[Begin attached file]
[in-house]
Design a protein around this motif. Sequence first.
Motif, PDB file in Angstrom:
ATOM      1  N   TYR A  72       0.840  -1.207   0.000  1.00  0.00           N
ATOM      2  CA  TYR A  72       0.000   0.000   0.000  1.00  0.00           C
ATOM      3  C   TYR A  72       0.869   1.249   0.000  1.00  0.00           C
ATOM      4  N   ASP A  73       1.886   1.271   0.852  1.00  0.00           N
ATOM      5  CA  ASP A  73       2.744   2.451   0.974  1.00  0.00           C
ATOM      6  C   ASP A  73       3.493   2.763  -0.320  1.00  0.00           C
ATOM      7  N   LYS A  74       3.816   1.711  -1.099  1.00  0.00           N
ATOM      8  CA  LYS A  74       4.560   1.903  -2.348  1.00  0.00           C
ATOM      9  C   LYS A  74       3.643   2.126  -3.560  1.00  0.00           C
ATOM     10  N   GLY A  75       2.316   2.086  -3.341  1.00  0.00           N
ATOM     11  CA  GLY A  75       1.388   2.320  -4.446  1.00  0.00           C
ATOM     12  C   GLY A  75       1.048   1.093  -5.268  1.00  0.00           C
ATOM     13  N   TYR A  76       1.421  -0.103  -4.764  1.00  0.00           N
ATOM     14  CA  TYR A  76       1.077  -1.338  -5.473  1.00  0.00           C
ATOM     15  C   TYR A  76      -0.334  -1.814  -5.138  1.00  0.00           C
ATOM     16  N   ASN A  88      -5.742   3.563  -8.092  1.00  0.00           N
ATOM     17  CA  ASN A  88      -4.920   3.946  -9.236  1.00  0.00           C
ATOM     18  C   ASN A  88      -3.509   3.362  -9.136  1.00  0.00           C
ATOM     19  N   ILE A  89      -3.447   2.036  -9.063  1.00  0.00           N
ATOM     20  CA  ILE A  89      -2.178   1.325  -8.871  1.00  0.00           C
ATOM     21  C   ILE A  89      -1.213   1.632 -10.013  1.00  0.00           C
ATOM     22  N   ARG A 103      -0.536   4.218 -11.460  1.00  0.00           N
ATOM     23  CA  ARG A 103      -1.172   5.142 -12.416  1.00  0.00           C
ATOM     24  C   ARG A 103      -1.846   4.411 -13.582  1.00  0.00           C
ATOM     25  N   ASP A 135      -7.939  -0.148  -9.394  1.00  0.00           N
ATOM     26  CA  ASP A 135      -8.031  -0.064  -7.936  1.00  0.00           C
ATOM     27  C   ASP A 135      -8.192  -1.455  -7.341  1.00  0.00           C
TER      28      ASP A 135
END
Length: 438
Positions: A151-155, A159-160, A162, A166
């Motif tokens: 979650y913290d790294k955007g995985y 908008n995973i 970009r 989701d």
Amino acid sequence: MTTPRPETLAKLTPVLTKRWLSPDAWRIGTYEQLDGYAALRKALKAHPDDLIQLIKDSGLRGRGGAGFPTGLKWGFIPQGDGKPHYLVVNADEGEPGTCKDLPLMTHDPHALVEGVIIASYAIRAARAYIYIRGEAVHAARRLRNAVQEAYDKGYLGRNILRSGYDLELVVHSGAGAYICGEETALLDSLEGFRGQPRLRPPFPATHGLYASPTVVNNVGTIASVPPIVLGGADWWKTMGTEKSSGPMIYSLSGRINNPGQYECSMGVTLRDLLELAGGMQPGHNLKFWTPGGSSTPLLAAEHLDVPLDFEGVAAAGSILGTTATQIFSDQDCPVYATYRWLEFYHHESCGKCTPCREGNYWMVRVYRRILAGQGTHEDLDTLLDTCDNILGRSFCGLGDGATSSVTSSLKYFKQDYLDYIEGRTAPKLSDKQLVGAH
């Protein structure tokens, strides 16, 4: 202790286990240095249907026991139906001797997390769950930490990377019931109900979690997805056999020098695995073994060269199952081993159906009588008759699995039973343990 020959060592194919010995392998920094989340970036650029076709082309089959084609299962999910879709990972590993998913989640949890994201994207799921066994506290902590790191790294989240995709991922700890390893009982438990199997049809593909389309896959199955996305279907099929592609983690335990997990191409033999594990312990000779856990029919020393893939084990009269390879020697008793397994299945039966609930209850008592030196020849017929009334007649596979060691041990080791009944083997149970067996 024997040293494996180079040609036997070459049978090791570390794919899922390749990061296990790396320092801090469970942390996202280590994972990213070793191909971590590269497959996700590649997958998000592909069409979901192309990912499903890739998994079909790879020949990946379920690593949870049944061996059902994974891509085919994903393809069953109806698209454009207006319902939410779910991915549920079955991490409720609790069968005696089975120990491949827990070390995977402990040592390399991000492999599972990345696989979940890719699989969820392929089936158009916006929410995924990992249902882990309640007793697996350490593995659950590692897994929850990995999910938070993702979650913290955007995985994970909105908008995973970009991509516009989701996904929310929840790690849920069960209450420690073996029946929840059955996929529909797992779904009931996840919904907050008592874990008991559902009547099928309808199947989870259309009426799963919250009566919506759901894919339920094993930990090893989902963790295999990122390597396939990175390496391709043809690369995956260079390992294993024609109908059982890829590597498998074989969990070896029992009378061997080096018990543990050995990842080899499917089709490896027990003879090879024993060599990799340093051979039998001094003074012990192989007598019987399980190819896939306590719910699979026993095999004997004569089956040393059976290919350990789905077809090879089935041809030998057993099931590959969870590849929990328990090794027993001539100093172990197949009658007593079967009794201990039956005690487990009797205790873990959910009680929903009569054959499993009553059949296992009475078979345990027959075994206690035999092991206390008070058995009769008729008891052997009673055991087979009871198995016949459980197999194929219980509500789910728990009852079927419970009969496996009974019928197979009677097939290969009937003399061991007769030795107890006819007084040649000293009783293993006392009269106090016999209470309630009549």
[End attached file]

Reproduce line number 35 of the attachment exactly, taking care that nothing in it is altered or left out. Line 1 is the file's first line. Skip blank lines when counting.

């Motif tokens: 979650y913290d790294k955007g995985y 908008n995973i 970009r 989701d």